Many existing stablecoins will not meet the “high-level” recommendations soon to be set by global standard-setting bodies like the Financial Stability Board (FSB), said FSB Chairman Klaas Knot. said on February 20.
In future guidance, the FSB will aim to strengthen stablecoin governance frameworks, redemption rights and stabilization mechanisms, Knot said in a letter to G20 finance ministers and central bank governors.
According to its 2023 work plan published on February 20, the FSB is due to finalize recommendations on the regulation of crypto-assets (virtual currencies) and stablecoins by July. A stablecoin is a crypto asset that is pegged to the value of another asset such as the US dollar or euro.
Regulators around the world have taken steps to oversee payment-specific stablecoins, most of which are backed by fiat reserves in the form of cash equivalents and are more notorious. They are backed by unsecured short-term debt. Stablecoin issuers have tried to separate private debt from reserves and increase transparency, but Knott’s message suggests that these measures may not be enough.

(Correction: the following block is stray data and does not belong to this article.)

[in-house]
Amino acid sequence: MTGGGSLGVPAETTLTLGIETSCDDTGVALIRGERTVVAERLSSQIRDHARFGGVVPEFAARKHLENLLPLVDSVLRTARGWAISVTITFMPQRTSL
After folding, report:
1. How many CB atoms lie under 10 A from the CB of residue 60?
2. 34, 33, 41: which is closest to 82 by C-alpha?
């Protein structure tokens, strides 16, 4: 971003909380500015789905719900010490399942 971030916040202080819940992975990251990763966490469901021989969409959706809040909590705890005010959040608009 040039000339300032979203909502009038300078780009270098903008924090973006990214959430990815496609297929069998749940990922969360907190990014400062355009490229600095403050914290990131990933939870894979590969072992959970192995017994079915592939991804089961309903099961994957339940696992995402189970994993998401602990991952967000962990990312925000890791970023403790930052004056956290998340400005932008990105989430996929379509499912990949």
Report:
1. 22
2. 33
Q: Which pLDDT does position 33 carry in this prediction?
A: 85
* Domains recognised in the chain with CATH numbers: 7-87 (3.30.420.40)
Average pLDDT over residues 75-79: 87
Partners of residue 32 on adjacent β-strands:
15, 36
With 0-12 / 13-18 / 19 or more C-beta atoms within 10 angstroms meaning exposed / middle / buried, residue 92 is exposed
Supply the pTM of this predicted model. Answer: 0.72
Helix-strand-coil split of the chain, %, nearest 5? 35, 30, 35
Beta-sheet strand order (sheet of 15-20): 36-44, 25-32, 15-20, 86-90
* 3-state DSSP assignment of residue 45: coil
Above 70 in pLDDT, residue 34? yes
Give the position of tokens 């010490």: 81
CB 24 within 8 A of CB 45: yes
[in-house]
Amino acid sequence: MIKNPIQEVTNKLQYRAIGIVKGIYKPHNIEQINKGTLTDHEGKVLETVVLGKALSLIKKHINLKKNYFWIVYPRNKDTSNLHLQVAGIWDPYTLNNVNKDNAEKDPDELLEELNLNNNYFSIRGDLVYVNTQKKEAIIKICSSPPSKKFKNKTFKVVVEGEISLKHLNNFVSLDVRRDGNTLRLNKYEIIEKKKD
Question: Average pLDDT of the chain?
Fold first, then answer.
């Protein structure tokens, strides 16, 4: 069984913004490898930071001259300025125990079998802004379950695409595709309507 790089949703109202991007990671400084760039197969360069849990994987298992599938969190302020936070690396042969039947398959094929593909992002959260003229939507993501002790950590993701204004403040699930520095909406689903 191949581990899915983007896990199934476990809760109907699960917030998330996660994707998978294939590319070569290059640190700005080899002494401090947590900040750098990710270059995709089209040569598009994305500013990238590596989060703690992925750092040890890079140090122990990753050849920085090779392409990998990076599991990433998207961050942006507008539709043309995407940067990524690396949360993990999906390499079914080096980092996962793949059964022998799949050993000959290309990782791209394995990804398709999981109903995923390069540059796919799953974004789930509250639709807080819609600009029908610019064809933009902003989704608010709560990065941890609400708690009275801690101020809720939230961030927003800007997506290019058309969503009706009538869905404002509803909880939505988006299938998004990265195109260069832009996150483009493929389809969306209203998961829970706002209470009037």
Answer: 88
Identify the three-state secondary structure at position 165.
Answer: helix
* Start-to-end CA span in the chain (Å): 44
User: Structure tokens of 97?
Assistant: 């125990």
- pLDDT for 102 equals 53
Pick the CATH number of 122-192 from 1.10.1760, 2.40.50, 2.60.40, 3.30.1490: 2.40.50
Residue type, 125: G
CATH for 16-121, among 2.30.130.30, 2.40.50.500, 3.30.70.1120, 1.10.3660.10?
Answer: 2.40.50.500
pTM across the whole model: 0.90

In the letter, Knot added that many existing stablecoins would not meet international standards set by payment and securities standards-setting bodies.
In February 2022, the FSB warned that crypto risks to financial stability “could escalate rapidly.” Regulators around the world, including the FSB, are stepping up efforts to oversee the sector following the 2022 collapse of a number of companies, including token issuer Terra and cryptocurrency exchange FTX.
Last week, the FSB announced it would work with other standards bodies to determine how decentralized finance (DeFi) should be regulated. He also plans to publish a paper on regulatory issues related to the International Monetary Fund (IMF) and crypto-assets.
｜Translation: coindesk JAPAN
｜Editing: Toshihiko Inoue
｜Original: Existing Stablecoins Won’t Meet Forthcoming Global Standards: FSB